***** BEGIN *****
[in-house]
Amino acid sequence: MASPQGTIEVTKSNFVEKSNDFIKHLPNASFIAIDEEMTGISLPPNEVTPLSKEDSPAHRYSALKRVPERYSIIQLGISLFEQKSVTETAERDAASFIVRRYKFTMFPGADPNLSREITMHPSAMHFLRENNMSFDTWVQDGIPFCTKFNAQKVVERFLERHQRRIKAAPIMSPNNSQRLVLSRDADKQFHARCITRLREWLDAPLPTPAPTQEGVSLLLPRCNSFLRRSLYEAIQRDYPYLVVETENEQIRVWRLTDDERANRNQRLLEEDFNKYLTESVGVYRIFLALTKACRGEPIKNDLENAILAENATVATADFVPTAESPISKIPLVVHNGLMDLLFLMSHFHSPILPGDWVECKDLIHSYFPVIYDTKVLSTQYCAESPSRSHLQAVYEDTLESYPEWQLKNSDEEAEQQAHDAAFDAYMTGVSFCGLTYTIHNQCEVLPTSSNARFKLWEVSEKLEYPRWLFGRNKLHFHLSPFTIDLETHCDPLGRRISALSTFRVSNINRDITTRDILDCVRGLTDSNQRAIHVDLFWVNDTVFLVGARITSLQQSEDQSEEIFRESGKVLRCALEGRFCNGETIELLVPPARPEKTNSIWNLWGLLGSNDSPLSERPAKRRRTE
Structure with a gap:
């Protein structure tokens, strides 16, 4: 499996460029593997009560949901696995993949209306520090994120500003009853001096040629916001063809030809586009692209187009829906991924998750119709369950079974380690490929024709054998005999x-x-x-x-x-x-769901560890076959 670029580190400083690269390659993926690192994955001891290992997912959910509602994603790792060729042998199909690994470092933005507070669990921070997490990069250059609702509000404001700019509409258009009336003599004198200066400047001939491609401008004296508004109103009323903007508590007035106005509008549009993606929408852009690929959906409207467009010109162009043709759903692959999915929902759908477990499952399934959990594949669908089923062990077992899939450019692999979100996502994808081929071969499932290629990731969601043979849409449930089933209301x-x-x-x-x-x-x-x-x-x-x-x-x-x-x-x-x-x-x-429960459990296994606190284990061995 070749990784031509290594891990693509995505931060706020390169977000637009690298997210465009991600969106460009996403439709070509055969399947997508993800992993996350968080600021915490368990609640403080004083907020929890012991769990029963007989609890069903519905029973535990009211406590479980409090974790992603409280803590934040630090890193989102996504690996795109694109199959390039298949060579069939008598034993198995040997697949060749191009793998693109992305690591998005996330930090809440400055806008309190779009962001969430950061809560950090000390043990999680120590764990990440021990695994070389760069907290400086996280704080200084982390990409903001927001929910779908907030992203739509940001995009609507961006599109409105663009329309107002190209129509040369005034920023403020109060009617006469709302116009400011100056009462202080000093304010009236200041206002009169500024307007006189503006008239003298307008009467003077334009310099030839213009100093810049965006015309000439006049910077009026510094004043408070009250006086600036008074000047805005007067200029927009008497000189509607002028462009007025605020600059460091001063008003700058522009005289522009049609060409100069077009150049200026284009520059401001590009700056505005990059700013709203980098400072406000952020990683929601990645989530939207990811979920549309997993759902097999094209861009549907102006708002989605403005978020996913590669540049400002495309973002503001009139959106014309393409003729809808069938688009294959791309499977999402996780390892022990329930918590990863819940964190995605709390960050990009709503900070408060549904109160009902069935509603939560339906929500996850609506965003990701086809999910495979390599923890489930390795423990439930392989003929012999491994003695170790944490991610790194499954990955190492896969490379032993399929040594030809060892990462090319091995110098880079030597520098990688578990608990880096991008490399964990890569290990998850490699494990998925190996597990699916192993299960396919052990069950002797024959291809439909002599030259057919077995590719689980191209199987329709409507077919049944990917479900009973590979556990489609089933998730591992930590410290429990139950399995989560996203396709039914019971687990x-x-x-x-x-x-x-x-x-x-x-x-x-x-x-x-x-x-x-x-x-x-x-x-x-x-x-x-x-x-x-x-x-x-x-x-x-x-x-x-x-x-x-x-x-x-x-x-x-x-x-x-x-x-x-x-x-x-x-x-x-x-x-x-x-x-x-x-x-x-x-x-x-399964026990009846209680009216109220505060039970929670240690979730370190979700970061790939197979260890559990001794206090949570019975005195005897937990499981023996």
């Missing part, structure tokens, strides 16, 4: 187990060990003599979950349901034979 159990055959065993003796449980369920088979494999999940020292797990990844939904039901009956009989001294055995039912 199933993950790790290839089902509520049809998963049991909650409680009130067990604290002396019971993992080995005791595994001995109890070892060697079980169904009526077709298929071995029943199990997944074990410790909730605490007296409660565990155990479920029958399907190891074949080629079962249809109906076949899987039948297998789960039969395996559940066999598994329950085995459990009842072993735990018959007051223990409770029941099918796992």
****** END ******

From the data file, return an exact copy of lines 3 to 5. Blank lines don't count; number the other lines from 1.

Structure with a gap:
């Protein structure tokens, strides 16, 4: 499996460029593997009560949901696995993949209306520090994120500003009853001096040629916001063809030809586009692209187009829906991924998750119709369950079974380690490929024709054998005999x-x-x-x-x-x-769901560890076959 670029580190400083690269390659993926690192994955001891290992997912959910509602994603790792060729042998199909690994470092933005507070669990921070997490990069250059609702509000404001700019509409258009009336003599004198200066400047001939491609401008004296508004109103009323903007508590007035106005509008549009993606929408852009690929959906409207467009010109162009043709759903692959999915929902759908477990499952399934959990594949669908089923062990077992899939450019692999979100996502994808081929071969499932290629990731969601043979849409449930089933209301x-x-x-x-x-x-x-x-x-x-x-x-x-x-x-x-x-x-x-429960459990296994606190284990061995 070749990784031509290594891990693509995505931060706020390169977000637009690298997210465009991600969106460009996403439709070509055969399947997508993800992993996350968080600021915490368990609640403080004083907020929890012991769990029963007989609890069903519905029973535990009211406590479980409090974790992603409280803590934040630090890193989102996504690996795109694109199959390039298949060579069939008598034993198995040997697949060749191009793998693109992305690591998005996330930090809440400055806008309190779009962001969430950061809560950090000390043990999680120590764990990440021990695994070389760069907290400086996280704080200084982390990409903001927001929910779908907030992203739509940001995009609507961006599109409105663009329309107002190209129509040369005034920023403020109060009617006469709302116009400011100056009462202080000093304010009236200041206002009169500024307007006189503006008239003298307008009467003077334009310099030839213009100093810049965006015309000439006049910077009026510094004043408070009250006086600036008074000047805005007067200029927009008497000189509607002028462009007025605020600059460091001063008003700058522009005289522009049609060409100069077009150049200026284009520059401001590009700056505005990059700013709203980098400072406000952020990683929601990645989530939207990811979920549309997993759902097999094209861009549907102006708002989605403005978020996913590669540049400002495309973002503001009139959106014309393409003729809808069938688009294959791309499977999402996780390892022990329930918590990863819940964190995605709390960050990009709503900070408060549904109160009902069935509603939560339906929500996850609506965003990701086809999910495979390599923890489930390795423990439930392989003929012999491994003695170790944490991610790194499954990955190492896969490379032993399929040594030809060892990462090319091995110098880079030597520098990688578990608990880096991008490399964990890569290990998850490699494990998925190996597990699916192993299960396919052990069950002797024959291809439909002599030259057919077995590719689980191209199987329709409507077919049944990917479900009973590979556990489609089933998730591992930590410290429990139950399995989560996203396709039914019971687990x-x-x-x-x-x-x-x-x-x-x-x-x-x-x-x-x-x-x-x-x-x-x-x-x-x-x-x-x-x-x-x-x-x-x-x-x-x-x-x-x-x-x-x-x-x-x-x-x-x-x-x-x-x-x-x-x-x-x-x-x-x-x-x-x-x-x-x-x-x-x-x-x-399964026990009846209680009216109220505060039970929670240690979730370190979700970061790939197979260890559990001794206090949570019975005195005897937990499981023996």
């Missing part, structure tokens, strides 16, 4: 187990060990003599979950349901034979 159990055959065993003796449980369920088979494999999940020292797990990844939904039901009956009989001294055995039912 199933993950790790290839089902509520049809998963049991909650409680009130067990604290002396019971993992080995005791595994001995109890070892060697079980169904009526077709298929071995029943199990997944074990410790909730605490007296409660565990155990479920029958399907190891074949080629079962249809109906076949899987039948297998789960039969395996559940066999598994329950085995459990009842072993735990018959007051223990409770029941099918796992």